As the fight to contain the new coronavirus continues, one medic in the Phoenix Recruiting Battalion is doing his part to ensure Soldiers and families in the battalion remain safe from the disease.
Sgt. 1st Class Jared Siple, recruiter, Buckeye Recruiting Station, Phoenix West Recruiting Company, is currently serving as the lead medic for the battalion COVID-19 Medical Tracker Team, which oversees both the states of Arizona and New Mexico.
Siple has an extensive background as an Army medic, allowing him to bring significant experience to the battalion’s COVID-19 efforts.
“My Army medicine background started in Mannheim, Germany. There, I was the only medic inside a military prison where I took care of the prisoners, staff, and civilians and helped out at the local clinic on Coleman Barracks,” Siple said. “I also spent five years with the 2nd Infantry Division and have one deployment to Afghanistan with them. Those experiences have helped me bring medical guidance and direction to help aid our local commanders during this time.”
With his specialty in field medicine, Siple said the COVID-19 pandemic is the ideal situation to hone his craft.
“I believe my expertise truly is in field medicine and this situation is certainly the case. With the opportunity to be the Phoenix Battalion senior medic and a member of the 5th Recruiting Brigade COVID-19 Medical Tracker Team, we have helped stay in contact with Department of Army Civilians, service members and their family members,” he said.
“Much like the role of a senior line medic with the infantry, I advise the local command teams, offering my professional medical opinion to aid them in making sound decisions for their respective units moving forward. My past experience allows me to feel ‘comfortable’ with the ‘uncomfortable’ and connections that can help bring much needed assets to our Phoenix battalion,” Siple continued.
Siple described the initial action he took when COVID-19 started to quickly escalate, causing all Army personnel to work from home.
“One of the first things I did to help the battalion out, was to get our own ‘ground zero’ and call every member in our area of operations, to include civilians, and check on them,” Siple explained. “With a basic understanding of the medical jargon on the websites such as the CDC (Centers for Disease and Control Prevention) or the John Hopkins site that has a plethora of data, I’ve pulled the meat and potatoes out of those websites in a clear and understanding way.”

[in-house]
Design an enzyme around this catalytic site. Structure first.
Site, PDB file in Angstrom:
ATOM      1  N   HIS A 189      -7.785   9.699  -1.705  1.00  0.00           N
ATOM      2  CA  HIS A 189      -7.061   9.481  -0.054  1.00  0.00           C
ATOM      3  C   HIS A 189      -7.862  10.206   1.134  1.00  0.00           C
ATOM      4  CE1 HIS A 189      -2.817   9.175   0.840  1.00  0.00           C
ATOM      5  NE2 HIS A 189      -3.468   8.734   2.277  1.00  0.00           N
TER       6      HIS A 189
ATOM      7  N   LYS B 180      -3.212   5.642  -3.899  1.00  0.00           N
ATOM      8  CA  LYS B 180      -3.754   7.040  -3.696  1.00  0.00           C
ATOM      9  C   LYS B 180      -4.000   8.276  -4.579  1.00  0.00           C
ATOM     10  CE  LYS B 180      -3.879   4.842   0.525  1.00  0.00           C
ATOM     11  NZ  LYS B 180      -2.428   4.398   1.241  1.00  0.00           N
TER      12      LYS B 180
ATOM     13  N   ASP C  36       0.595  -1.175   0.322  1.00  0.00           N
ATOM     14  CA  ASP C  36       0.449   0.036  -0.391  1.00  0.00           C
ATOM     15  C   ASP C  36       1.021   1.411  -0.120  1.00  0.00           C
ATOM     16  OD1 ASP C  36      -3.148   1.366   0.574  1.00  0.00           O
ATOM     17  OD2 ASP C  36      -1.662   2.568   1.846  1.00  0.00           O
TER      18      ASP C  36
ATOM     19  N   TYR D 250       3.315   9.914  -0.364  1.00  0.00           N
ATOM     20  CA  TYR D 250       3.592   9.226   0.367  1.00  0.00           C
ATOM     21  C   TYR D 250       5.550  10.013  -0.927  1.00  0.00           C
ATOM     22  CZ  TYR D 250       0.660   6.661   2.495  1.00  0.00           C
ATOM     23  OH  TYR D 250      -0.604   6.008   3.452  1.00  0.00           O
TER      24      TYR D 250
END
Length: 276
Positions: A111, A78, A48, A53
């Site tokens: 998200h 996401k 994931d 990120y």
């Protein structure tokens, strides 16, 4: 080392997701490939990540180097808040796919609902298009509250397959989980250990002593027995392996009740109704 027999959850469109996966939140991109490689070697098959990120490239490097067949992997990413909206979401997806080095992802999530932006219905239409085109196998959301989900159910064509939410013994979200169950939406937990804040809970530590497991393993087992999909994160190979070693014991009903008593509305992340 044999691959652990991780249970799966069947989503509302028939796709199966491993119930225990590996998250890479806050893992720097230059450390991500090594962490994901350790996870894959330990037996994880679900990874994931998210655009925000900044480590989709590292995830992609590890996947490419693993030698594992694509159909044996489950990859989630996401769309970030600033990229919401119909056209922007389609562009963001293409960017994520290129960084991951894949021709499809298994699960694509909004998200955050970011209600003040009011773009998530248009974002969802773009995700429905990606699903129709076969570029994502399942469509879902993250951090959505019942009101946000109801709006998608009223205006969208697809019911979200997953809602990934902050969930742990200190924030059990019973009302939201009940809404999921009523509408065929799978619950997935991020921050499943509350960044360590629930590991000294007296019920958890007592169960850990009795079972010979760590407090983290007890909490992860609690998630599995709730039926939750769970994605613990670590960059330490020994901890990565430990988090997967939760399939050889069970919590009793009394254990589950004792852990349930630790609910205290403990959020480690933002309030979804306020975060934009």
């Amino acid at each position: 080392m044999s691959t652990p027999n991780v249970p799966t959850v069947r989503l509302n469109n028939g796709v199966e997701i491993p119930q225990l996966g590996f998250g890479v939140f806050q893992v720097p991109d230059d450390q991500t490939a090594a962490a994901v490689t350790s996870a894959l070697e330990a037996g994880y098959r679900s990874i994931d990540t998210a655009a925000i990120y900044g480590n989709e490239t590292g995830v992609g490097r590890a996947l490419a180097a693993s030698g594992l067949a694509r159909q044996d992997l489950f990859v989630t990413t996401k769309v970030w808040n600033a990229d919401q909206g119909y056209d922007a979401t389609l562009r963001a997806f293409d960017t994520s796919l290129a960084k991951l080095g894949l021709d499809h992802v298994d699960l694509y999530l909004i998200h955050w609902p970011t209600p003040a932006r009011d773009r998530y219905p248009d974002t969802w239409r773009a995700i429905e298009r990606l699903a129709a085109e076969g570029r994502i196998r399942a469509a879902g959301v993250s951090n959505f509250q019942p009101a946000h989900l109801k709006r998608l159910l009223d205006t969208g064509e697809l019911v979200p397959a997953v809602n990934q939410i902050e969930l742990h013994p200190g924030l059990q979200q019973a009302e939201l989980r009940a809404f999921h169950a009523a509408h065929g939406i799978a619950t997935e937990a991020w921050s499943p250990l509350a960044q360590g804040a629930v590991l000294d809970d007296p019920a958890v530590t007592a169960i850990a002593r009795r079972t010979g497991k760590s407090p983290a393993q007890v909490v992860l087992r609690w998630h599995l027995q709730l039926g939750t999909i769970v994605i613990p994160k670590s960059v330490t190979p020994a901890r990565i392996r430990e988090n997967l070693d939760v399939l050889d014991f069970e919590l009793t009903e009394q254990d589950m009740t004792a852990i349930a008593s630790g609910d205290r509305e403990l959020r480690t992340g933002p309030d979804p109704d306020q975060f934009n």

Tracking the progress of any service member or dependent who is ill, is a critical task for Siple, who then ensures the relevant information is pushed to the correct channels.
“Anytime a service member or their dependent has been ill or been to the hospital, I track them and follow-up with them to ensure they are getting the care they need,” he continued. “If there are any issues that arise with their care, we step in with aid from local health providers. As a member of the brigade COVID-19 team, I have a direct link to our brigade footprint and help with resources that is unlike any other organization.”
Siple explained how this information is disseminated and plays a role in ensuring the battalion has the resources it needs to remain safe.
“I can quickly push down information from the Office of the Surgeon General, updates that the CDC puts out and gathering medical resources to help the team,” Siple said. “I have helped to advise the battalion on purchasing masks, gloves, thermometers and some overall risk to force measures to ensure our Phoenix Battalion remains safe.”
Siple said a daily medical tracker is filtered through himself and sent to brigade level, which is turned into the United States Recruiting Command to help aid Maj. Gen. Frank Muth, commanding general, in making decisions on how recruiters continue to operate.
The results Siple has been seeing battalion wide, have been extremely encouraging, with everyone doing their job to stay safe and healthy.
“I am seeing amazing results. This type of adversity has shown how strong our Phoenix Battalion, our families, and the Army truly is. When I call and screen someone, medically speaking, they have a tone in their voice of deep appreciation,” Siple said. “My heart is full, that as a medic, I can do something to help the team. As the Army Medical Department motto states, ‘To conserve fighting strength.’ I have seen members of the community, our Soldiers, their families and civilians truly rise to the occasion.”
With the COVID-19 threat far from over, Siple said it’s critical to continue social distancing and do everything possible to stop the spread of the disease.
“My advice is, ‘Safety is no accident.’ To help stop the spread of this disease is not about YOU, it’s about YOU not spreading it to your child, mother or others,” Siple said. “I may be strong enough to fight it, but my mother-in-law or child may not. This truly is not a time for ‘me’, it’s a time to show all of our many talents, outside of recruiting, that we can help the team triumph over adversity during this unprecedented time.”